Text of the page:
Wayne Hoffman Likens Idaho to Battered Spouse in Insurance Exchange Talks

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A 13-member panel at the Idaho State Capitol mulled the future of the Affordable Care Act in Idaho.
  • Andrew Crisp
  • A 13-member panel at the Idaho State Capitol mulled the future of the Affordable Care Act in Idaho.

Speaking before a panel tasked with finding a solution toward improved health care, Idaho Freedom Foundation executive director Wayne Hoffman likened Idaho’s relationship with the federal government “as an abuser to a spouse” on Friday.

“We keep getting beat up by the federal government and we keep running back to the federal government,” he said.

Hoffman was one of a 13-member panel examining the role of the Affordable Care Act in Idaho.

Ultimately, at its conclusion late Friday afternoon, the Idaho panel voted to recommend to Gov. C.L. “Butch” Otter that an Idaho-based health insurance exchange be crafted.

Under the ACA, states are required to set up an exchange, an online marketplace for insurance policies, or have the federal government set one up for them. Friday’s panel and another working group were assembled earlier this year to decide on a course of action.

Throughout Friday's daylong session, the panel heard comments from groups, including Maximus, Mercer Health, Cognosante and the Leavitt Partners, about implementing a state-based exchange, and about the progress other states have made.

An hour of late-afternoon debate included Alex LaBeau, Idaho Association of Commerce and Industry president and panel-member, expressing concerns about the ACA, but saying the state-based exchange was "the better route."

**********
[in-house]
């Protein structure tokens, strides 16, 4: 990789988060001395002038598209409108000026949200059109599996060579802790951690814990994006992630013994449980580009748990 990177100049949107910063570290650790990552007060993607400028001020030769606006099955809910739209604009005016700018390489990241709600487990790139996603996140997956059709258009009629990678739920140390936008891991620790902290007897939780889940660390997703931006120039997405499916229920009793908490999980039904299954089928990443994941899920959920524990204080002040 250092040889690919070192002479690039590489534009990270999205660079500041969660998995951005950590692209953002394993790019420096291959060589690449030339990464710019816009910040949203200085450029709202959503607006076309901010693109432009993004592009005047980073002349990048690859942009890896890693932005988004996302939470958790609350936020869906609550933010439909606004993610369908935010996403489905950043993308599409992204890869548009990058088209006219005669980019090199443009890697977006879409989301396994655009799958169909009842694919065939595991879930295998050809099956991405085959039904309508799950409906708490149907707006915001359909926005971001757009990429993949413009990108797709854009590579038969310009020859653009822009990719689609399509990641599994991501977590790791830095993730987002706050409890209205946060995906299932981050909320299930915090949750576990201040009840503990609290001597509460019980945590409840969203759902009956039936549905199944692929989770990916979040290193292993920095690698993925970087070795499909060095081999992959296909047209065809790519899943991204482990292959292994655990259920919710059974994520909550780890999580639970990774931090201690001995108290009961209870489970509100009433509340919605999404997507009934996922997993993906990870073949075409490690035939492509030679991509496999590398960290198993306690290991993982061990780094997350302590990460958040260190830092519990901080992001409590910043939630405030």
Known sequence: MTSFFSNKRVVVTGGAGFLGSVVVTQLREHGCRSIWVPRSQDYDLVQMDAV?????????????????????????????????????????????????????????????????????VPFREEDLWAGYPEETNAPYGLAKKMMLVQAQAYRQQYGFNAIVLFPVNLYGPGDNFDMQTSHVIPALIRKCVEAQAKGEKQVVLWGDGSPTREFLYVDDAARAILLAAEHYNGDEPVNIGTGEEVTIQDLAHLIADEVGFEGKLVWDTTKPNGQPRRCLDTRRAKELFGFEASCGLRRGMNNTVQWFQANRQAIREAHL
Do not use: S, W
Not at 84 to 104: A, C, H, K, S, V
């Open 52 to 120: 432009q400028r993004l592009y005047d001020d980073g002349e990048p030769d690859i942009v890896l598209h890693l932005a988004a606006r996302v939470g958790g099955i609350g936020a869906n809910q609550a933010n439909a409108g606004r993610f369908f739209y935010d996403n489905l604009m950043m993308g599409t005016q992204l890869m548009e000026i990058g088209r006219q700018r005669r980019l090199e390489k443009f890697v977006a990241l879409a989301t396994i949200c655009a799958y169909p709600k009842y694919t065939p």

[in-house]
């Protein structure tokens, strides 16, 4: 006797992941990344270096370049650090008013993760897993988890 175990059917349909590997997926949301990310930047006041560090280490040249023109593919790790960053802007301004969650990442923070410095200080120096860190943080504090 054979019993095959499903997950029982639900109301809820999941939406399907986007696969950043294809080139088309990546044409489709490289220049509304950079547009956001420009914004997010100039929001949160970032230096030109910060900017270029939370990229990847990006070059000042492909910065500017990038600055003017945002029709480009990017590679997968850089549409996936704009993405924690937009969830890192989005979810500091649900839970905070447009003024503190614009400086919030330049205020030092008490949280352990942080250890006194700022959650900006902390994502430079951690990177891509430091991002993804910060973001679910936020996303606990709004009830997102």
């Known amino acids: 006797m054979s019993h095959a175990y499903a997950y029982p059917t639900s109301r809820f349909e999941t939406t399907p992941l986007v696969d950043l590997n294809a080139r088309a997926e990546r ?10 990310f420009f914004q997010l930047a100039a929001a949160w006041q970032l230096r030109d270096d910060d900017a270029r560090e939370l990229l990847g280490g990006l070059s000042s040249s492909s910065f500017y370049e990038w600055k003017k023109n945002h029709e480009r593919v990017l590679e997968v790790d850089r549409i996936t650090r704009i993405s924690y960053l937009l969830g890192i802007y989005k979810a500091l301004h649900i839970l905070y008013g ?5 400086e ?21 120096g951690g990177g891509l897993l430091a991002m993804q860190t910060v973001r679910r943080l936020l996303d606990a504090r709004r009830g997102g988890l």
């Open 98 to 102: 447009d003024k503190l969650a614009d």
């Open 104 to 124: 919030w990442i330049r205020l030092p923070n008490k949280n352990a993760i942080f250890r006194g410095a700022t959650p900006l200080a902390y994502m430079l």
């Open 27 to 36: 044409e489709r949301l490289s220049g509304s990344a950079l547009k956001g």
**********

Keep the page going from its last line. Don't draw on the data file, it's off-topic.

“My recommendation, my motion, is that our recommendation to the governor is to pursue a state-based exchange through the nonprofit model, because it’s probably the most flexible model,” said LaBeau.

LaBeau said he felt that the Idaho model would give the state power to absorb increased costs. But he enumerated two caveats: one, that the makeup of the directors of the nonprofit include as many shareholders as possible, including insurance companies, brokers, small businesses and providers; and two, that he was uncomfortable with the federal government’s impact on the state.

Yet Hoffman argued that Idaho should refuse to implement the ACA and reject establishing an exchange.

“I think it’s in the best interest of the state to keep resisting this constitutionally dubious law,” said Hoffman.

Boise Republican Rep. Lynn Luker suggested Idaho should make a recommendation to do nothing, and let the federal government implement an exchange. He moved to recommend the governor address the exchange in one year.

Lewiston Democratic Rep. John Rusche, a physician, spoke in support of LaBeau’s motion, and suggested costs would be higher for payers with a federal exchange.

“If we were to say, ‘hell no, let’s just have the feds do it,’ it would amount to charging the state of Idaho $120 million more for the same insurance coverage they have now by our choice, or by the governor’s choice,” Rusche said.

However, before the panel took a vote, Hoffman suggested Idaho had a chance to show state sovereignty was important.

“The cost of going along with government tyranny is more than any of us here can imagine,” said Hoffman. “And I think that should weigh on our conscience as we decide here today.”

Ultimately, the panel's suggestion to move forward with a state-based exchange now heads to the governor's desk.

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